May 14, 2023
eFuels Give Classic Cars a Future
Photo credit: Porsche, Goodwood, Tuthill, Toyota
Is there a connection between the mysterious death of Stanley Meyer and the ongoing debate surrounding motorized mobility and the ecological transition?
The mystery lingers on, caught between his desperate last words, “they poisoned me”, and the official diagnosis of a natural death, intertwined with the hushed silence that still surrounds this self-proclaimed inventor of a revolutionary water-fuel cell system - as he called it - that could have replaced conventional fossil fuels, an idea that has not yet been forgotten.
This 1806 vehicle made by Francois Isaac de Rivaz, nearly 100 years before the first automobiles, used a hydrogen engine
Meyer died almost thirty years ago on 20th March 1998. The remaining documents and unregistered patents fail to conclusively prove the feasibility of his proclaimed fuel derived from water. However, one thing that is true, albeit fiercely contested due to misinformation, is one of the options for the future of mobility: using chemically modified hydrogen that’s liquefied and burned in the combustion chambers of the engines we use every day. That's right: a zero-impact ecological alternative to gasoline, diesel, or kerosene.
First hydrogen-powered race car experiments: BMW and Toyota, pictured, at Le Mans proved it's possible
In the documentation left behind by Meyer, it is easy to discern his intention to create such a process, commencing with water to obtain hydrogen through electrolysis. Over the years, his concept has developed with significant contributions from renowned companies like Bosch, Aramco, and even Porsche. Now, the process involves subjecting water to electrolytic treatments in large-scale facilities powered by renewable sources such as wind or solar energy. This yields hydrogen, which, when combined with atmospheric carbon dioxide (the infamous CO2), becomes liquefied, resulting in a natural fuel that harmonizes seamlessly with fossil fuels with zero impact on the environment.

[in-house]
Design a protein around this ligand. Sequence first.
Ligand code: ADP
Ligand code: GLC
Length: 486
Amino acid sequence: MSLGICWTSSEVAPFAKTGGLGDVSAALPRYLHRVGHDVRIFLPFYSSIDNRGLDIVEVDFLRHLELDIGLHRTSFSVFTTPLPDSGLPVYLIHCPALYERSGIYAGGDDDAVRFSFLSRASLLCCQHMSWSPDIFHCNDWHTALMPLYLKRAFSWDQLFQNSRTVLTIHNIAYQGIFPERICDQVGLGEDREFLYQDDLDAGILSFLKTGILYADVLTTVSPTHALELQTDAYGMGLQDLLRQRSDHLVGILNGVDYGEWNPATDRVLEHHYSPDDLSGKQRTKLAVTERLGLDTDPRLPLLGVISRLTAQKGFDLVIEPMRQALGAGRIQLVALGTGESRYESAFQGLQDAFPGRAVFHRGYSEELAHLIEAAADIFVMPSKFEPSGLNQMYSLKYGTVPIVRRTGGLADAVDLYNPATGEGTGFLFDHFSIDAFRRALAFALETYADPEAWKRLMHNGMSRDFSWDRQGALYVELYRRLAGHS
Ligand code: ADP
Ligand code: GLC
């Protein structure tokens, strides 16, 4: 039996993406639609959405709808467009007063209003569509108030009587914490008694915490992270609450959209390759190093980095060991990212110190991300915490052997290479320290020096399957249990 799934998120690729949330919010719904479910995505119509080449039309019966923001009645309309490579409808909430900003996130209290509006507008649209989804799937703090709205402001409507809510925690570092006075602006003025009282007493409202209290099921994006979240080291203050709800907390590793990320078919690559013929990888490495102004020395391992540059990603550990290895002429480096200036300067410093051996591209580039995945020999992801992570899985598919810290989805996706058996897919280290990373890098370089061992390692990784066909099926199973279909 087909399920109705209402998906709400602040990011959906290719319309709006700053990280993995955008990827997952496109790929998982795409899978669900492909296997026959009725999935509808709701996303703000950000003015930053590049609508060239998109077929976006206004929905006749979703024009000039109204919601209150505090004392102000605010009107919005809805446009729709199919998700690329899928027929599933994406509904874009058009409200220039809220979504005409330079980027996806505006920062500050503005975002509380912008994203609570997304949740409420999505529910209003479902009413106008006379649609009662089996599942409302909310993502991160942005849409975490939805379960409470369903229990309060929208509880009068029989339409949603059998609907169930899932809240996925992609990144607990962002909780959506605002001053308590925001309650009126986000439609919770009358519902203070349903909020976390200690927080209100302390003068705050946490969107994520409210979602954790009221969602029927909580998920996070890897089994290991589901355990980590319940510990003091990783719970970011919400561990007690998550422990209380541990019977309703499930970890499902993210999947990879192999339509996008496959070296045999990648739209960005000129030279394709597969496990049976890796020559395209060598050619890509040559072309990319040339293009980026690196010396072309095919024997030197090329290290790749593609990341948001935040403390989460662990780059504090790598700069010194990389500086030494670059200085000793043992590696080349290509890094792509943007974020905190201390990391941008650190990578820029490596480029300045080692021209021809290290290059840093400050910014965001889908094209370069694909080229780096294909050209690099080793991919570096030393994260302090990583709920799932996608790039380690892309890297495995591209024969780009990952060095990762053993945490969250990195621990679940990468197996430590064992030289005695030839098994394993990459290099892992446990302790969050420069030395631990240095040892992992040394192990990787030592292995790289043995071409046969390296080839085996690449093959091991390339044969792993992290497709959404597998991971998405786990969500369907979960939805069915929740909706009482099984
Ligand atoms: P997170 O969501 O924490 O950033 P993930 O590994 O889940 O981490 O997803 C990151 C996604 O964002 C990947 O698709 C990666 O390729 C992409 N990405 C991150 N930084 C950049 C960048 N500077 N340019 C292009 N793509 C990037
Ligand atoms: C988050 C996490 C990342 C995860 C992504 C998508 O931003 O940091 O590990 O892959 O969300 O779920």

Porsche eFuel plant in Chile uses wind power to produce hydrogen through electrolysis
So, why has this “Fuel”, as it was aptly named, encountered opposition? Primarily, its production demands vastly different conditions compared to conventional oil extraction. Today, the world's 1.2 billion motor vehicles predominantly rely on fuels that are easily sourced from onshore and offshore wells. In contrast, electricity generated from wind or solar power necessitates installations in areas where there is plenty of sun or wind. With the exception of Aramco and Repsol, these alternative energy sources have not been readily available for most oil companies until now, so it’s not surprising that they are cautiously interested in this alternative. At the same time, the automotive industry has invested heavily in electric and is watching the new fuel with guarded interest.
Sebastian Vettel, a great promoter of new environmentally neutral fuels behind the wheel of the Williams FW14B powered by eFuel
Nonetheless, Stanley Meyer's vision has regained momentum and holds promise for the future. Starting from 2026, Formula 1 plans to adopt this new type of fuel, either pure or mixed with biofuel derived from biomass, for its internal combustion engines. And, like Formula 1, other racing categories are following suit. Known as eFuel, this ground-breaking development is great news for classic car collectors since it can be used without any modifications to internal combustion engines, ensuring the perpetual use of classic cars.
Ultimately, remembering Stanley Meyer at this pivotal moment in history serves as a tribute to a man who envisioned a world where automobiles could be clean and, just as importantly, freed from the burden of guilt.
The use of water-originated eFuel in historic collector car competitions is becoming increasingly popular
CLASSIC CAR MATCHER